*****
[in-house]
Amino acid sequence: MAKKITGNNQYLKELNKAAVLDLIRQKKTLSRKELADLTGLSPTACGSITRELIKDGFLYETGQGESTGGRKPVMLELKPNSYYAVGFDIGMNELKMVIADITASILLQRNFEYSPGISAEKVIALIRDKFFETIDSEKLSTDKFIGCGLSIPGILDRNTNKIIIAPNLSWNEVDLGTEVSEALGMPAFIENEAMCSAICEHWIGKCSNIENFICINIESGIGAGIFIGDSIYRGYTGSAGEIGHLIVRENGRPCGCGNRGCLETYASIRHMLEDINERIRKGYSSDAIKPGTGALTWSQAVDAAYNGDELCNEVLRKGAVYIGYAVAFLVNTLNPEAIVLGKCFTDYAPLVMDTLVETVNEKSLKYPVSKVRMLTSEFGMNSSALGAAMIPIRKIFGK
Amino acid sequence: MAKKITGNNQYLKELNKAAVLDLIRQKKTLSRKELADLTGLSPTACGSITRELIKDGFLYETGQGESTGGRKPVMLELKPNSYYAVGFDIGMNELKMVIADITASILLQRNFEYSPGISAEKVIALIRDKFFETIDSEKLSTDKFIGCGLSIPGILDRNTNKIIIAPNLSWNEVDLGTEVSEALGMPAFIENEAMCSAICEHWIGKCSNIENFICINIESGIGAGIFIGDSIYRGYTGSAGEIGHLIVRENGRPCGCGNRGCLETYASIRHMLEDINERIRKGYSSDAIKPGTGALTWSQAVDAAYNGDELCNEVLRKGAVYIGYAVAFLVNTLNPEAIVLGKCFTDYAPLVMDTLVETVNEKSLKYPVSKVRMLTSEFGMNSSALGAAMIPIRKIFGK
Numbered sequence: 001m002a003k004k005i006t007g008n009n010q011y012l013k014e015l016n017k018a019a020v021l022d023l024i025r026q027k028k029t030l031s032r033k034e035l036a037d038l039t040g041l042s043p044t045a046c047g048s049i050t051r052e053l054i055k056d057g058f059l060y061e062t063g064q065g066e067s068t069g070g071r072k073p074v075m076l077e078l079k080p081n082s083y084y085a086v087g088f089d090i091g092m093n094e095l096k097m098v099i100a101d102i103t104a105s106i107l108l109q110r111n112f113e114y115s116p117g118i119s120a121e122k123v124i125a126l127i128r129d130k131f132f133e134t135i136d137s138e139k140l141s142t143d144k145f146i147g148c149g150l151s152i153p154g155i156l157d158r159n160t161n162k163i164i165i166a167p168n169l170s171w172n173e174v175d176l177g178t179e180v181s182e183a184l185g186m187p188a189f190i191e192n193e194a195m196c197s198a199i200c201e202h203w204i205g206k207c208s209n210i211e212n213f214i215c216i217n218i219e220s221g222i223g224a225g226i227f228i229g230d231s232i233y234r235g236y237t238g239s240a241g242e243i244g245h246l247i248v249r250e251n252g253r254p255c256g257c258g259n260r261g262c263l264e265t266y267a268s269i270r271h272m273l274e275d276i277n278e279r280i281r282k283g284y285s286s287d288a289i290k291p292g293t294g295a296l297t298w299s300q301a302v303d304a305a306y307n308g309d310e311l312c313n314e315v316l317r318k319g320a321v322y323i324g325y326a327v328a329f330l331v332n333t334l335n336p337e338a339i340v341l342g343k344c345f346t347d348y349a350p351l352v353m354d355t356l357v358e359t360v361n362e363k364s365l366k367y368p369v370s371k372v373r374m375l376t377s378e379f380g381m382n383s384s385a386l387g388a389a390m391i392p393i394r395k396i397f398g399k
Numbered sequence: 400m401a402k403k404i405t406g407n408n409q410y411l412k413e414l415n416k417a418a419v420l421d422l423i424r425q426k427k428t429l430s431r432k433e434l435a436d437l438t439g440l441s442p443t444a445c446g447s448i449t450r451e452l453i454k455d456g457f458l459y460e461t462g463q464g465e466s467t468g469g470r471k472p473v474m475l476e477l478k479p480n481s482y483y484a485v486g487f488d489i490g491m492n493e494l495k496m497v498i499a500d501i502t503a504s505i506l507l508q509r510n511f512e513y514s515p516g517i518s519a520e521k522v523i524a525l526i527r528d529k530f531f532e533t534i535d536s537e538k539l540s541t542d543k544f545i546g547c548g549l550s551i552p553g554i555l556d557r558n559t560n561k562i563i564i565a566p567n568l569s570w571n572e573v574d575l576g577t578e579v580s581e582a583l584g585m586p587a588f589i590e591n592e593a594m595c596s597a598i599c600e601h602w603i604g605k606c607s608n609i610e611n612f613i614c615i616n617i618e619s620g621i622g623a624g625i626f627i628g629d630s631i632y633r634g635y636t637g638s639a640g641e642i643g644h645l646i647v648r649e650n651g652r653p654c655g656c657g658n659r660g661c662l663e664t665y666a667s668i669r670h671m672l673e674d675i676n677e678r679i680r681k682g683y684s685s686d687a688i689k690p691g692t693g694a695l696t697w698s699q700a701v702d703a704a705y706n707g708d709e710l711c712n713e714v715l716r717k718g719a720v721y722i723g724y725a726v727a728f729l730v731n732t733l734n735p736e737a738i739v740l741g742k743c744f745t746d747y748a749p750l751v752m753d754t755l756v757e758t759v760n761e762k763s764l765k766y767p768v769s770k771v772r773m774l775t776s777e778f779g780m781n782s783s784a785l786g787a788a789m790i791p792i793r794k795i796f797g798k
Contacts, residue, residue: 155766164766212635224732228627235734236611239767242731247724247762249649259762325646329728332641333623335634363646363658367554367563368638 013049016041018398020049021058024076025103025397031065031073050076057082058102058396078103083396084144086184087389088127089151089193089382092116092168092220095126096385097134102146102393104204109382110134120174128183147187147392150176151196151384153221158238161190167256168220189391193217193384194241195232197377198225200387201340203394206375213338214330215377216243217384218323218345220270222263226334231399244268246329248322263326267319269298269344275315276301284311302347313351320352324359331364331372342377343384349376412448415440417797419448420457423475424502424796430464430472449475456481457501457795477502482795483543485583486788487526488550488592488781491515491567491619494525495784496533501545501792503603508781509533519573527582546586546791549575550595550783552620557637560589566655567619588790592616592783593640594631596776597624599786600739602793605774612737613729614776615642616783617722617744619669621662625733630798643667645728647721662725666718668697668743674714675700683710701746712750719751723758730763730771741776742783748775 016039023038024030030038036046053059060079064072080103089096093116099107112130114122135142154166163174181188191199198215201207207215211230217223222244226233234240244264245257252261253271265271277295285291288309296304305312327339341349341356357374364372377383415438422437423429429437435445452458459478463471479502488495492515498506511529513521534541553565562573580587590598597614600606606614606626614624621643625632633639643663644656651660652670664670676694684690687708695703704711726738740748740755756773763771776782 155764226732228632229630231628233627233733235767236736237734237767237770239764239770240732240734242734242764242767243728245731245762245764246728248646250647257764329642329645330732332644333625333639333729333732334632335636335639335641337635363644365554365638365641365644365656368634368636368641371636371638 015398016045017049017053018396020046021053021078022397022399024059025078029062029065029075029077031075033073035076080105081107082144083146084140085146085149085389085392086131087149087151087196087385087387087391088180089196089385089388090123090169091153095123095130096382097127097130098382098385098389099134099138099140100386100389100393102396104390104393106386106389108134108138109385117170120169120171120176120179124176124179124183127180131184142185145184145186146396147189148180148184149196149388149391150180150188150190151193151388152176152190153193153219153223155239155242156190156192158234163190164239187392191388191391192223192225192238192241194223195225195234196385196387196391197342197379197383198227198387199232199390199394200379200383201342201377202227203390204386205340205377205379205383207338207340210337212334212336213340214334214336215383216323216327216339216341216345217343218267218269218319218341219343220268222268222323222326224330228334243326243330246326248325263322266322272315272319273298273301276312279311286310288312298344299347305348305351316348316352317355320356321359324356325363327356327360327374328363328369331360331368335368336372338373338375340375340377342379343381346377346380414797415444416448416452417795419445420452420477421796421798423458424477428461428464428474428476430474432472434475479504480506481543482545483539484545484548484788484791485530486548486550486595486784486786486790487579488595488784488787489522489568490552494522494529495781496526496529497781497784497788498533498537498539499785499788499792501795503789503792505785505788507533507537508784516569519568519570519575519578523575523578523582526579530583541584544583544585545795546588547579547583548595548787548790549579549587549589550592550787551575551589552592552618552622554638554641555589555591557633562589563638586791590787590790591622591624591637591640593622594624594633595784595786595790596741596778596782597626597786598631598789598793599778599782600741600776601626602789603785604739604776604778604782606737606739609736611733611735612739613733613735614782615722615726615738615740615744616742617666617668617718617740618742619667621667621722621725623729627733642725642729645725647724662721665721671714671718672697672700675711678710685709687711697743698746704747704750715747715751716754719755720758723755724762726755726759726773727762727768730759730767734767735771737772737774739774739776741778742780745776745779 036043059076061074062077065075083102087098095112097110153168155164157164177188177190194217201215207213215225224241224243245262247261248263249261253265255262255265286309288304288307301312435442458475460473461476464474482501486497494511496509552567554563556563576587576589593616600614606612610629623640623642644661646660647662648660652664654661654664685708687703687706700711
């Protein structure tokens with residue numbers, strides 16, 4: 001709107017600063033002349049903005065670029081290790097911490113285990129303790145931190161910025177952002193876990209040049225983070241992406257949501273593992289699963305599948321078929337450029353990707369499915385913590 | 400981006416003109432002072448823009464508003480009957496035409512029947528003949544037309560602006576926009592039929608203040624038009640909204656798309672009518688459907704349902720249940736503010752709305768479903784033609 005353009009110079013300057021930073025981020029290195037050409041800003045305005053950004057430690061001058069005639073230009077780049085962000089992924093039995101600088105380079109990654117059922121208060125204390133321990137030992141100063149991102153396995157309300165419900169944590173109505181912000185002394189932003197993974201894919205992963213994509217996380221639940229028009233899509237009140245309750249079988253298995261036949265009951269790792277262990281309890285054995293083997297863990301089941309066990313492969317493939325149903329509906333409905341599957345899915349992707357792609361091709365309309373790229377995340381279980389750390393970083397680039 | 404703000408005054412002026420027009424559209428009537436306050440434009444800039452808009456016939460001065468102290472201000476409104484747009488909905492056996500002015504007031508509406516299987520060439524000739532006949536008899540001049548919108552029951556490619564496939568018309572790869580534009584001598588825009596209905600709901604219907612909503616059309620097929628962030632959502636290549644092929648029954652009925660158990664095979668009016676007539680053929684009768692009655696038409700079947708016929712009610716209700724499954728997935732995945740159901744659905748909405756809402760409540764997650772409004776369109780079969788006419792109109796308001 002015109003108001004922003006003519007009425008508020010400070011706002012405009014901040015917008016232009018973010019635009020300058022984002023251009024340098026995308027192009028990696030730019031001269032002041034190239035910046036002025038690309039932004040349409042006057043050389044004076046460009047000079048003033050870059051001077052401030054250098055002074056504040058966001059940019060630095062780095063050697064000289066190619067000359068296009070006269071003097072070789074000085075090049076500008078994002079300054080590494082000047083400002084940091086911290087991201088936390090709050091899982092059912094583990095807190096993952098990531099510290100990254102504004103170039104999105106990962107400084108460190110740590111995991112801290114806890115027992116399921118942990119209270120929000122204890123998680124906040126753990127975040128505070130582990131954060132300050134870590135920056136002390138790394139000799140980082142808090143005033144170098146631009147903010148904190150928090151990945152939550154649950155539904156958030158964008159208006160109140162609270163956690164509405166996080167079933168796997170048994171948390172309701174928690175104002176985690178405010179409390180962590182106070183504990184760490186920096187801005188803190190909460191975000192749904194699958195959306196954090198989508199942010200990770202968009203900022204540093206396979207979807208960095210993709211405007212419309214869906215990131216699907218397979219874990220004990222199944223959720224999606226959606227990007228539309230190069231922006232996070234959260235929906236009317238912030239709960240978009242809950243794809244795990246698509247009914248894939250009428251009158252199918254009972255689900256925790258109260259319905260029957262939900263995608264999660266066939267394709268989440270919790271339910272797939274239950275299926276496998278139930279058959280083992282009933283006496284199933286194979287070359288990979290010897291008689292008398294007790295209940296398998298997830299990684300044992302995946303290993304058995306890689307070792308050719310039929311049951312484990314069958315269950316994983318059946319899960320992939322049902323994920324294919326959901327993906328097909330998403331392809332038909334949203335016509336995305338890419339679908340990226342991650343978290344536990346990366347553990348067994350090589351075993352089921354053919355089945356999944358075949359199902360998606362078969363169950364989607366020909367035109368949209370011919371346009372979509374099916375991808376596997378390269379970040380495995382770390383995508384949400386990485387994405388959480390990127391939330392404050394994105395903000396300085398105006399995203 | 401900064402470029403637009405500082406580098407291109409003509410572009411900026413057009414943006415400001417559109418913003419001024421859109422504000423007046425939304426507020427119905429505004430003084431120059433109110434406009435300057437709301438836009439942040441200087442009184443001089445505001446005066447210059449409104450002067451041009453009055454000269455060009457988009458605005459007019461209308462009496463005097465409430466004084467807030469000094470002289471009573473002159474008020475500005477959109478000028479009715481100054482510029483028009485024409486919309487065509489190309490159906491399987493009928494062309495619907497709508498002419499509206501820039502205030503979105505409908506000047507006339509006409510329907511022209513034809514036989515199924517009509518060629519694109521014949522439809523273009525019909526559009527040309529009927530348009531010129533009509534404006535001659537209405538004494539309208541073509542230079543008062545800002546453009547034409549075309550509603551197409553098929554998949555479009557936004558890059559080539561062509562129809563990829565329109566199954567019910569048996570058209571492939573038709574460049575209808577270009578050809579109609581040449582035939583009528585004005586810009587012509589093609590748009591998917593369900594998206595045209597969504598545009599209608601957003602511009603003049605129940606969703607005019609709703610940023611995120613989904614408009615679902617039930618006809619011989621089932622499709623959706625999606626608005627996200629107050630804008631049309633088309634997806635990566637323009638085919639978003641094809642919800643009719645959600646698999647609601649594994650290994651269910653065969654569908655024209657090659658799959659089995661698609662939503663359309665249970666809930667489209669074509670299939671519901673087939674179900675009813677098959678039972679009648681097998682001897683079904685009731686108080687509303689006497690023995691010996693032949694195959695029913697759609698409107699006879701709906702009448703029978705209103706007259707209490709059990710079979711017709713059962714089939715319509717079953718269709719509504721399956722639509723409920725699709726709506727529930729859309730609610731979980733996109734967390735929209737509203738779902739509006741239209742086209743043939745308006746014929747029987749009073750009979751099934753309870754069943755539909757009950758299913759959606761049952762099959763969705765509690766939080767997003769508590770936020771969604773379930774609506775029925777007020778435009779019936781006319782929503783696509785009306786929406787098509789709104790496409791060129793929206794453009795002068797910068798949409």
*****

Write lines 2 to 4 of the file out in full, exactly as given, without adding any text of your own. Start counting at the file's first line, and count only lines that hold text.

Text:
Amino acid sequence: MAKKITGNNQYLKELNKAAVLDLIRQKKTLSRKELADLTGLSPTACGSITRELIKDGFLYETGQGESTGGRKPVMLELKPNSYYAVGFDIGMNELKMVIADITASILLQRNFEYSPGISAEKVIALIRDKFFETIDSEKLSTDKFIGCGLSIPGILDRNTNKIIIAPNLSWNEVDLGTEVSEALGMPAFIENEAMCSAICEHWIGKCSNIENFICINIESGIGAGIFIGDSIYRGYTGSAGEIGHLIVRENGRPCGCGNRGCLETYASIRHMLEDINERIRKGYSSDAIKPGTGALTWSQAVDAAYNGDELCNEVLRKGAVYIGYAVAFLVNTLNPEAIVLGKCFTDYAPLVMDTLVETVNEKSLKYPVSKVRMLTSEFGMNSSALGAAMIPIRKIFGK
Amino acid sequence: MAKKITGNNQYLKELNKAAVLDLIRQKKTLSRKELADLTGLSPTACGSITRELIKDGFLYETGQGESTGGRKPVMLELKPNSYYAVGFDIGMNELKMVIADITASILLQRNFEYSPGISAEKVIALIRDKFFETIDSEKLSTDKFIGCGLSIPGILDRNTNKIIIAPNLSWNEVDLGTEVSEALGMPAFIENEAMCSAICEHWIGKCSNIENFICINIESGIGAGIFIGDSIYRGYTGSAGEIGHLIVRENGRPCGCGNRGCLETYASIRHMLEDINERIRKGYSSDAIKPGTGALTWSQAVDAAYNGDELCNEVLRKGAVYIGYAVAFLVNTLNPEAIVLGKCFTDYAPLVMDTLVETVNEKSLKYPVSKVRMLTSEFGMNSSALGAAMIPIRKIFGK
Numbered sequence: 001m002a003k004k005i006t007g008n009n010q011y012l013k014e015l016n017k018a019a020v021l022d023l024i025r026q027k028k029t030l031s032r033k034e035l036a037d038l039t040g041l042s043p044t045a046c047g048s049i050t051r052e053l054i055k056d057g058f059l060y061e062t063g064q065g066e067s068t069g070g071r072k073p074v075m076l077e078l079k080p081n082s083y084y085a086v087g088f089d090i091g092m093n094e095l096k097m098v099i100a101d102i103t104a105s106i107l108l109q110r111n112f113e114y115s116p117g118i119s120a121e122k123v124i125a126l127i128r129d130k131f132f133e134t135i136d137s138e139k140l141s142t143d144k145f146i147g148c149g150l151s152i153p154g155i156l157d158r159n160t161n162k163i164i165i166a167p168n169l170s171w172n173e174v175d176l177g178t179e180v181s182e183a184l185g186m187p188a189f190i191e192n193e194a195m196c197s198a199i200c201e202h203w204i205g206k207c208s209n210i211e212n213f214i215c216i217n218i219e220s221g222i223g224a225g226i227f228i229g230d231s232i233y234r235g236y237t238g239s240a241g242e243i244g245h246l247i248v249r250e251n252g253r254p255c256g257c258g259n260r261g262c263l264e265t266y267a268s269i270r271h272m273l274e275d276i277n278e279r280i281r282k283g284y285s286s287d288a289i290k291p292g293t294g295a296l297t298w299s300q301a302v303d304a305a306y307n308g309d310e311l312c313n314e315v316l317r318k319g320a321v322y323i324g325y326a327v328a329f330l331v332n333t334l335n336p337e338a339i340v341l342g343k344c345f346t347d348y349a350p351l352v353m354d355t356l357v358e359t360v361n362e363k364s365l366k367y368p369v370s371k372v373r374m375l376t377s378e379f380g381m382n383s384s385a386l387g388a389a390m391i392p393i394r395k396i397f398g399k